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Walnut Creek Trusts Lawyer, California


Nathan  Pastor Lawyer

Nathan Pastor

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Litigation, Wills & Probate, Trusts

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M. Franklin Parrish

Contract, Estate Planning, Litigation, Wills & Probate, Trusts
Status:  In Good Standing           

Matthew S. Toth

Estate Planning, Family Law, Guardianships & Conservatorships, Wills & Probate, Trusts
Status:  In Good Standing           

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Stanley Pedder

Wills & Probate, Trusts, Wills
Status:  In Good Standing           

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Joseph Morrill

Litigation, Wills & Probate, Trusts
Status:  In Good Standing           

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Matthew B. Talbot

Trusts, Wills & Probate, Estate Planning, Estate Administration, Guardianships & Conservatorships
Status:  In Good Standing           Licensed:  11 Years

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Williem Bard

Litigation, Real Estate, Elder Law, Trusts, Wills & Probate
Status:  In Good Standing           Licensed:  28 Years

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Ruth Koller Burke

Estate Planning, Litigation, Trusts, Wills & Probate, Elder Law
Status:  In Good Standing           

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Linda Slider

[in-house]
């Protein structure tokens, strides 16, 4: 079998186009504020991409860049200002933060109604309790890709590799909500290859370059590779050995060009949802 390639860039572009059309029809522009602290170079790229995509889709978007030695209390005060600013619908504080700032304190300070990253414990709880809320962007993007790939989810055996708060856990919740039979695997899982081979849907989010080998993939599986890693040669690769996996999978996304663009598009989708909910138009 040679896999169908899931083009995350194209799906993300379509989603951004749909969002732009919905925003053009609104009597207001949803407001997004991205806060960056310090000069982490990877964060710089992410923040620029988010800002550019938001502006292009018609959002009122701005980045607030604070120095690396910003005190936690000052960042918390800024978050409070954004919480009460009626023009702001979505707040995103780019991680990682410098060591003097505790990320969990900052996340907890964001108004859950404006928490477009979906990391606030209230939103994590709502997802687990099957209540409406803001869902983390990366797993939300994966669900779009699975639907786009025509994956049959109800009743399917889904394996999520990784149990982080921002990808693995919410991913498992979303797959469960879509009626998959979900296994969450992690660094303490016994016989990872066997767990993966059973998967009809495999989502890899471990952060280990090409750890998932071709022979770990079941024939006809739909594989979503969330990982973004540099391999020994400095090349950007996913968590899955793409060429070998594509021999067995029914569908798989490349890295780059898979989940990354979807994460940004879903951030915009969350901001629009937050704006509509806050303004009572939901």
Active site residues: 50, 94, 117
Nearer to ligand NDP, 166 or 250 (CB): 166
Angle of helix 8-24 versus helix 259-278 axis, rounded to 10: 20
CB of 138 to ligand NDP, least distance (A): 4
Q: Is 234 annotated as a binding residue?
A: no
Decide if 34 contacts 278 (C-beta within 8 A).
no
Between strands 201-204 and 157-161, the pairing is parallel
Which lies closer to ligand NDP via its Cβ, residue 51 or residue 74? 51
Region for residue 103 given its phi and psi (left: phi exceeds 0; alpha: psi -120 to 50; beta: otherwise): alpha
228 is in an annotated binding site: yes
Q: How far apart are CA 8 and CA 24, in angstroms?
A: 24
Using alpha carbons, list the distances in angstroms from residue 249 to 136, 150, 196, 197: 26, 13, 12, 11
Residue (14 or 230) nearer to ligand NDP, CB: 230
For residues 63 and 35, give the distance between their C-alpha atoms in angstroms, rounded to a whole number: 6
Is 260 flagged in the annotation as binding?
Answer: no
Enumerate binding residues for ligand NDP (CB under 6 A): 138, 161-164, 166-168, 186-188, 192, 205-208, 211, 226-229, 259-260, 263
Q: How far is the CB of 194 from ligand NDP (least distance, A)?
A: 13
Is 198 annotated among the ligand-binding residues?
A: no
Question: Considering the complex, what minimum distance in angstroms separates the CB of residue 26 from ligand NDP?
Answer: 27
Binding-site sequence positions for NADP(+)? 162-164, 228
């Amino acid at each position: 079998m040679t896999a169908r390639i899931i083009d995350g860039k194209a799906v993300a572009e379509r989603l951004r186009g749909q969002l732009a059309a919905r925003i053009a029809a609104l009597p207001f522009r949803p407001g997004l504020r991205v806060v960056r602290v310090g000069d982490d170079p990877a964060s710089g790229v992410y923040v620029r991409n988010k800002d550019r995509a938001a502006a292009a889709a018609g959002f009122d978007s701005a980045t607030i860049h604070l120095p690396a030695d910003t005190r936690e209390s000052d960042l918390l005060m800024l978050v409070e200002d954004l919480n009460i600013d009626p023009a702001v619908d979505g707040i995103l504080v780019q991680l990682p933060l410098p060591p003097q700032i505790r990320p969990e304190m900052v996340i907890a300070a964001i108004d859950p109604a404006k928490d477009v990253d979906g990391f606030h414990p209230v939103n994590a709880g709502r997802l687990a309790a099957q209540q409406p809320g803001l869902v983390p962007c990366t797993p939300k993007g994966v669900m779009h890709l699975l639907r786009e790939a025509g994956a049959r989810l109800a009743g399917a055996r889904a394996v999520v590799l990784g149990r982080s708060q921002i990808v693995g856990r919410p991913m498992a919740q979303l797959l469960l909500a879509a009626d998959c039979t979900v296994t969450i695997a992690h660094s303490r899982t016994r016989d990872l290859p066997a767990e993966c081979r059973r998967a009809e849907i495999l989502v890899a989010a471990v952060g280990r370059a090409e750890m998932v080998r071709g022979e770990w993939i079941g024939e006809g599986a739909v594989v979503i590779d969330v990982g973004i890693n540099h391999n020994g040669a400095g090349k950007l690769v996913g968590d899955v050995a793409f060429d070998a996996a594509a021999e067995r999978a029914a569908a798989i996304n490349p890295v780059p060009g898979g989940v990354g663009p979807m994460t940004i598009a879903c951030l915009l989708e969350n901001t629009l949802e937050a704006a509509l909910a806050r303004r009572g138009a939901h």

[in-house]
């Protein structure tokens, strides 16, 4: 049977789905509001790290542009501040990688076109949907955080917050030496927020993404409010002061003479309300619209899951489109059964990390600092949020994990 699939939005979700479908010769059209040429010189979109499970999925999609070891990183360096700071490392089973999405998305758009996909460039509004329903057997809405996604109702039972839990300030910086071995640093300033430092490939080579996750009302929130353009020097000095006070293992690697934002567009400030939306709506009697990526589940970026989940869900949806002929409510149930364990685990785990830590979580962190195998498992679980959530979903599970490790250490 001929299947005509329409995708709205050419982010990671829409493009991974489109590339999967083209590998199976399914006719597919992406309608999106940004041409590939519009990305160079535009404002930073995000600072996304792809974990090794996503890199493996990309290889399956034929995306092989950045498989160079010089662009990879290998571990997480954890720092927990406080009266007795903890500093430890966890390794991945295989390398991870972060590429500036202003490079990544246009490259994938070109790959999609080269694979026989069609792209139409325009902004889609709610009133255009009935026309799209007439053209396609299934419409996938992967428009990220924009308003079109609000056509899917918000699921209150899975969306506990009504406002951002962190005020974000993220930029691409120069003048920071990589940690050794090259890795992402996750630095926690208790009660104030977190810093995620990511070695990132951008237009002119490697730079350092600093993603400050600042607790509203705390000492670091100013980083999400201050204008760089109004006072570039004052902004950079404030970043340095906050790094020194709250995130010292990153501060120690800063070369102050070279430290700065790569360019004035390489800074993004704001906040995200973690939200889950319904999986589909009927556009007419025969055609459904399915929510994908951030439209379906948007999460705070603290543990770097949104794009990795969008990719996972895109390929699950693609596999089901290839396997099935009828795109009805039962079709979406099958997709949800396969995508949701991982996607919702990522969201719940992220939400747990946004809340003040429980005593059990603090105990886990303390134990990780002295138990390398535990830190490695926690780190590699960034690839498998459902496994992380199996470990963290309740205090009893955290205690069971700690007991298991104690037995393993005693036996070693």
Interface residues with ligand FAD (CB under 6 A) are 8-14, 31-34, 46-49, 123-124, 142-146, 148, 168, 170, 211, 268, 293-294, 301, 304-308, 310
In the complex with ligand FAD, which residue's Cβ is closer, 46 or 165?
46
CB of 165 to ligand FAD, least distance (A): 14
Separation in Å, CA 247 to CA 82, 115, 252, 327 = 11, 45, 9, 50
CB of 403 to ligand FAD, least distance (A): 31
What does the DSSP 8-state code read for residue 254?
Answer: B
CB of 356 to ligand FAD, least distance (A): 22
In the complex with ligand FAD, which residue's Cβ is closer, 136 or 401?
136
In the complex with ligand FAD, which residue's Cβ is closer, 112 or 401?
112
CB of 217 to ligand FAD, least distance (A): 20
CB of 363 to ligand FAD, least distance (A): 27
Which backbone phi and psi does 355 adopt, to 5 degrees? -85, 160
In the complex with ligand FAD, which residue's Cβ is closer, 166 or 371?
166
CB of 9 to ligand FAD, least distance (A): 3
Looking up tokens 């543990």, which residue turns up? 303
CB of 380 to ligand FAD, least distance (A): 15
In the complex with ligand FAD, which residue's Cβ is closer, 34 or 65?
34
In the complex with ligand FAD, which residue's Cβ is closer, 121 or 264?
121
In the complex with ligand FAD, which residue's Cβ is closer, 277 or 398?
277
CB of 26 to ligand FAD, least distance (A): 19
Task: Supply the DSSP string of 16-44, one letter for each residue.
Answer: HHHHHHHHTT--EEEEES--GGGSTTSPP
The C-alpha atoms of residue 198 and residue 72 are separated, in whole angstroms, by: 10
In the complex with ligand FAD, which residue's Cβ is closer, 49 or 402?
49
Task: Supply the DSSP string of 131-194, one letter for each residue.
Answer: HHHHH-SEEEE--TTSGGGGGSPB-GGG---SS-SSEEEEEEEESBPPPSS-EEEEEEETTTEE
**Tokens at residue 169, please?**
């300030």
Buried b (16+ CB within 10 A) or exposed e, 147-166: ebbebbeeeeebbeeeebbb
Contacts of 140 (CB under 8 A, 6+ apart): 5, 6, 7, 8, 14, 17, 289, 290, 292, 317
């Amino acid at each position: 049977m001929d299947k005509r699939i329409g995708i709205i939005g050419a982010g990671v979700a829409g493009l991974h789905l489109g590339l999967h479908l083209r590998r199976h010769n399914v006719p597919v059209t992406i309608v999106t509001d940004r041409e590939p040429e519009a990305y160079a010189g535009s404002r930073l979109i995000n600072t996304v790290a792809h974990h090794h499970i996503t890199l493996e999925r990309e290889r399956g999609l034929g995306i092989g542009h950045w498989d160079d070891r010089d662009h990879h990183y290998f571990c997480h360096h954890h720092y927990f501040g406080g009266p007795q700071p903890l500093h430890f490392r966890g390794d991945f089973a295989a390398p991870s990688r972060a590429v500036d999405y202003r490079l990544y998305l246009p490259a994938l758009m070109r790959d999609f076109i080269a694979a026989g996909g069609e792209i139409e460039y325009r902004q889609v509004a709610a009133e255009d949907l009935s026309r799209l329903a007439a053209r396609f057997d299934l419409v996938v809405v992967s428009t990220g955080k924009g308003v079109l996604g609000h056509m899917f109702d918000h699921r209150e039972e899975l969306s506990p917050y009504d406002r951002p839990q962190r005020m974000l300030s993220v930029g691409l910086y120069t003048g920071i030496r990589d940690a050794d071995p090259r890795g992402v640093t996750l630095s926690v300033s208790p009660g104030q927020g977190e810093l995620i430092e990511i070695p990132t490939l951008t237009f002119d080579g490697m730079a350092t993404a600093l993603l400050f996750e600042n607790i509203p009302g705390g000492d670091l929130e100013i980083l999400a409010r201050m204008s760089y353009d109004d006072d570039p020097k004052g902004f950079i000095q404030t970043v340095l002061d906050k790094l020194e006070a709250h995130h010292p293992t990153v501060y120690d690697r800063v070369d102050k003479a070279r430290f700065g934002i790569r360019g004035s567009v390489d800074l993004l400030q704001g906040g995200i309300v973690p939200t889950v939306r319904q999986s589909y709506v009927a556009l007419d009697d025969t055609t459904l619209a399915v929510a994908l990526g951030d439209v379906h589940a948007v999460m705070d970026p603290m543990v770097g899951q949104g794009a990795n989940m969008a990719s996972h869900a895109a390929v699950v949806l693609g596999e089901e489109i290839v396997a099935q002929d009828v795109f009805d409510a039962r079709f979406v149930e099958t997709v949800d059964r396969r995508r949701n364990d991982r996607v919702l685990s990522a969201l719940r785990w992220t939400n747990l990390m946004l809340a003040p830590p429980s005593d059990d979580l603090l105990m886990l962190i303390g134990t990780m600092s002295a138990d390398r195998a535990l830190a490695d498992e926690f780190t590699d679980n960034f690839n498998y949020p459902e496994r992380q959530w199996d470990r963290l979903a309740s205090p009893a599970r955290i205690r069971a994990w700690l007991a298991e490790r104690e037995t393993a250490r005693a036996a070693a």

Trusts, Wills, Gift Taxation, Business
Status:  In Good Standing           Licensed:  32 Years

Jenny Sweetland

Trusts
Status:  In Good Standing           

800-923-0641

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LEGAL TERMS

SECONDARY MEANING

In trademark law, a mark that is not inherently distinctive becomes protected after developing a 'secondary meaning': great public recognition through long use ... (more...)
In trademark law, a mark that is not inherently distinctive becomes protected after developing a 'secondary meaning': great public recognition through long use and exposure in the marketplace. For example, though first names are not generally considered inherently distinctive, Ben & Jerry's Ice Cream has become so well known that it is now entitled to maximum trademark protection.

BEQUEATH

A legal term sometimes used in wills that means 'leave' -- for example, 'I bequeath my garden tools to my brother-in-law, Buster Jenkins.'

TAKING AGAINST THE WILL

A procedure under state law that gives a surviving spouse the right to demand a certain share (usually one-third to one-half) of the deceased spouse's property.... (more...)
A procedure under state law that gives a surviving spouse the right to demand a certain share (usually one-third to one-half) of the deceased spouse's property. The surviving spouse can take that share instead of accepting whatever he or she inherited through the deceased spouse's will. If the surviving spouse decides to take the statutory share, it's called 'taking against the will.' Dower and curtesy is another name for the same legal process.

INTESTATE

The condition of dying without a valid will. The probate court appoints an administrator to distribute the deceased person's property according to state law.

HEIR AT LAW

A person entitled to inherit property under intestate succession laws.

ADEMPTION

The failure of a bequest of property in a will. The gift fails (is 'adeemed') because the person who made the will no longer owns the property when he or she di... (more...)